It's a Small Universe After All

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“Kaitaama? Your name is Kaitaama?” asked the young officer. 

“I don’t recall giving you permission to speak with me.” 

“I don’t recall what I had for breakfast this morning, but that hardly matters. You, you remind me a bit of someone.” 

“Some slave girl, no doubt.” 

“No! Really, sister, we will get out of these ropes a lot more quickly if you treat me better.” 

“Why should that matter? Your job is to cut ropes, not be flattered and cosseted.” 

“No, I suppose not. That’s your job, right Princess?” 

“First Monarch of Krios Prime,” she said, and the implied predicate to that sentence was and don’t you forget it

“Well, call me Jim.” 

“Have you got the ropes cut yet? Jim?” she said his name with contempt. 

“Almost. Why are you on Risa anyway? Don’t tell me that First Monarchs have to take their vacations with us hoi polloi.” 

“If you really must know, this is a diplomatic mission. Hurry up! My wrists hurt and I have to, well, do something else.” 

“See a man about a horse?” 

“A what?” 

“Never mind. Ah, almost there. Hmm, who do you remind me of?” he thought for a moment. Edith Keeler? Nope. Rayna Kopek? Definitely not. Lieutenant Uhura? Not a chance. Oh, yeah, there was one. Bingo! 

“Do you know Troilus?” Jim asked. 

“Troilus? I don’t believe we have diplomatic ties with them,” Kaitaama said, “for all of the years I have been doing this, I don’t recall them.” 

“Just how many years have you been doing this, sister?” 

She didn’t answer right away. The real answer was: over one hundred. But she knew she didn’t look it. “More than make it interesting.” She yawned. “Aren’t you finished yet, Jim? I know that Tripp would’ve been a lot faster.” 

“Some things should be done slowly,” he said softly, “like making love, for example. First Monarchs do make love, don’t they?”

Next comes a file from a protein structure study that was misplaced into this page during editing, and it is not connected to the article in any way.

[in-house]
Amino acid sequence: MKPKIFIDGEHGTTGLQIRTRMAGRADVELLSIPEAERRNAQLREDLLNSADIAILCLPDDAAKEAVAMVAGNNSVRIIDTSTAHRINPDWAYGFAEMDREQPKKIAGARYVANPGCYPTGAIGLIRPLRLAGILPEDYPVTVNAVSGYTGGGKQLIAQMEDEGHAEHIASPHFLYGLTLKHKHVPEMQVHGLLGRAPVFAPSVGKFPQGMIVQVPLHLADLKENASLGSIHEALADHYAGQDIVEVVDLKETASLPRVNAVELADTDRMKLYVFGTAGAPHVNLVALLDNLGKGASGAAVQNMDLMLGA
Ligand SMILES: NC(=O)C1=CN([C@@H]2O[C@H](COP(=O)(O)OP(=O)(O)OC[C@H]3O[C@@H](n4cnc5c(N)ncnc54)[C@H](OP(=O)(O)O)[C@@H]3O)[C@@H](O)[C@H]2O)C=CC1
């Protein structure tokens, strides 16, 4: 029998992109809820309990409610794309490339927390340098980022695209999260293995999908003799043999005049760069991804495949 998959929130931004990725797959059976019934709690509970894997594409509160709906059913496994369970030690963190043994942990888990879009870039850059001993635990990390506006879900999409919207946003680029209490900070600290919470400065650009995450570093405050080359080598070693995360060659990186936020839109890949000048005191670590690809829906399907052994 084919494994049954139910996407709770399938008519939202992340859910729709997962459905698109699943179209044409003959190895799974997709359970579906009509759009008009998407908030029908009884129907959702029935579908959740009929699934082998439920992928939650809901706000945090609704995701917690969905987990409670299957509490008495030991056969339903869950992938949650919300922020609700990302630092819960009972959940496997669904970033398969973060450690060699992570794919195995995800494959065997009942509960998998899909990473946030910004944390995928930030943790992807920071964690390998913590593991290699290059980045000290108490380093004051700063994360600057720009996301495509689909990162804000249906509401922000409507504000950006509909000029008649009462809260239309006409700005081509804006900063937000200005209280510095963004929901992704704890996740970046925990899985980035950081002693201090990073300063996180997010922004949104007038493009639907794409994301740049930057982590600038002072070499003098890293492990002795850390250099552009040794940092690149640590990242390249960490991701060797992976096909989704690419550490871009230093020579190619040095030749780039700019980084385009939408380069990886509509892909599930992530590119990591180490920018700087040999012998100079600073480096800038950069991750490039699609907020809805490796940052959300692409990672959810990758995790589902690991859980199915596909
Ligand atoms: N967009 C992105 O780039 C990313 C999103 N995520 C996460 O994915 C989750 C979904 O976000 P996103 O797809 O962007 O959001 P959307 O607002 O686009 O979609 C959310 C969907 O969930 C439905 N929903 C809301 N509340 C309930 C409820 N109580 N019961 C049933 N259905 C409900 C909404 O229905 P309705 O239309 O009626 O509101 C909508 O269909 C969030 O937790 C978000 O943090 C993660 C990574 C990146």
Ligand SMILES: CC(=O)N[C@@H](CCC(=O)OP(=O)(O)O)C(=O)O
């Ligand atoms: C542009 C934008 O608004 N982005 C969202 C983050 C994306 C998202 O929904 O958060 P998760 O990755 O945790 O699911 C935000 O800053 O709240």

“Not with commoners like you.” She snapped. “Besides, who knows what sort of foul diseases you may be harboring? You said I reminded you of someone on Troilus. It’s probably a planet full of horrible hags. I bet you’re insulting me, even thinking of it.” 

“No,” he said, “Elaan is a beautiful woman. Perhaps a bit younger than you are, but there is definitely a resemblance, in terms of fire. And passion.” 

“Younger? How insulting! Those ropes! Get them off me immediately!” 

“Or what? Listen, sister, even when we get the ropes off, I’m not so sure of what to do. This cellar seems to be locked and I don’t know about you, but I was conked out when I was brought here. I don’t know the way back, do you?” 

“I, I don’t know,” Kaitaama admitted. 

“Hmm, well, we’ll do our best to work together. And I’m sorry about what I said about your age.”

“It’s, uh, well, it’s not all right but it is accurate. I have seen over a century’s worth of summers.” 

“Ah, here we go! Ropes be gone!” he said, shaking his hands and turning to face her. “Wow. You definitely do not look it at all.” 

“In our species, the women hit about age twenty-five and then we stop aging until we are very old, and are near death.” 

“That’s, uh, rather convenient for the men, I’d say.” He extended his right hand. “I’m Jim Kirk, captain of the starship Enterprise.” 

Enterprise? I remember that name, it was from decades ago.” 

“I wonder if you encountered the crew of the old NX-01,” Jim said. 

“Perhaps. We should figure out how to get back to the main city.”  

“Agreed. And, um, Kaitaama, when we do, uh, are you doing anything later this evening?”

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